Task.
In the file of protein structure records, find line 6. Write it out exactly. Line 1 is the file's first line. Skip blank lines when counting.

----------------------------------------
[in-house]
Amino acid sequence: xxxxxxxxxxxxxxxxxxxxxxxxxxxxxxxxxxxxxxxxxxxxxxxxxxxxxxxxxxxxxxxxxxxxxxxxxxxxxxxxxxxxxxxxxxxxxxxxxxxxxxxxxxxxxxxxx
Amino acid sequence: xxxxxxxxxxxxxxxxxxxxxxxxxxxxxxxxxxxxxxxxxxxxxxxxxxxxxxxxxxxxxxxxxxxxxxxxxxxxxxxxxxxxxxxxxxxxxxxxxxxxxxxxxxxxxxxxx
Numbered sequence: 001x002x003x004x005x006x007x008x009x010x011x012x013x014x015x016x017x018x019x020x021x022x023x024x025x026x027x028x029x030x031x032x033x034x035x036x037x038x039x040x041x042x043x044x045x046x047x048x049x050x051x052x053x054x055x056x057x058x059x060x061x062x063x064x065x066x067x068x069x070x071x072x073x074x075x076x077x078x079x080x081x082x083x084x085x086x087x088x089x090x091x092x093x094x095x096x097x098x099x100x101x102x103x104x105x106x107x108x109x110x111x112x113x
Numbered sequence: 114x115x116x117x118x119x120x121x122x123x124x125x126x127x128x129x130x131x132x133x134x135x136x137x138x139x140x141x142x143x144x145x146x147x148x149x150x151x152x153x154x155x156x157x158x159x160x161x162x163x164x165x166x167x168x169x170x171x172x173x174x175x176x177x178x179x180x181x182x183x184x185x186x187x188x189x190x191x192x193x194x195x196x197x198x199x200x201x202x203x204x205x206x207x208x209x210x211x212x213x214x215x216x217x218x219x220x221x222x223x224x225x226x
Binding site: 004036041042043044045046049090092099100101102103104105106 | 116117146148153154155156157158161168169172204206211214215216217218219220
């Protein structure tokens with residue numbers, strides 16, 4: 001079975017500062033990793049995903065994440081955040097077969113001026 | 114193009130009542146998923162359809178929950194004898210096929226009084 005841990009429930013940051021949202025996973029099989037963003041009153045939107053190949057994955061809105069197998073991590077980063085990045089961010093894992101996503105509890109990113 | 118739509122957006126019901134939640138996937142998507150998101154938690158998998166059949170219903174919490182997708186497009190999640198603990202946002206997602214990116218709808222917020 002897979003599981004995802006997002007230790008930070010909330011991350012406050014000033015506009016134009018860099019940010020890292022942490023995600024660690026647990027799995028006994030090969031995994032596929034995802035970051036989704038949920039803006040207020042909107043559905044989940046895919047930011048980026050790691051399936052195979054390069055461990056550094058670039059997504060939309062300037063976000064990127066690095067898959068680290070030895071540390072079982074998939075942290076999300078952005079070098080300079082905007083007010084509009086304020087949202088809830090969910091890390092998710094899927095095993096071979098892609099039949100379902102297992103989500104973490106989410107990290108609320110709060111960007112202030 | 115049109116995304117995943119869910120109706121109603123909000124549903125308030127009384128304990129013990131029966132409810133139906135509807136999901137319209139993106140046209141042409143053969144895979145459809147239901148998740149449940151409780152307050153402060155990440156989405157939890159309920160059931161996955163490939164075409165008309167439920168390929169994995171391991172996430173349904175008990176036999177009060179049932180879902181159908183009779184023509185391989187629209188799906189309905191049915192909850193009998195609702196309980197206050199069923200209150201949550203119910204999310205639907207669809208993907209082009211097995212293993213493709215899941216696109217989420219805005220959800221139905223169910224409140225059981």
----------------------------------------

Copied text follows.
Binding site: 004036041042043044045046049090092099100101102103104105106 | 116117146148153154155156157158161168169172204206211214215216217218219220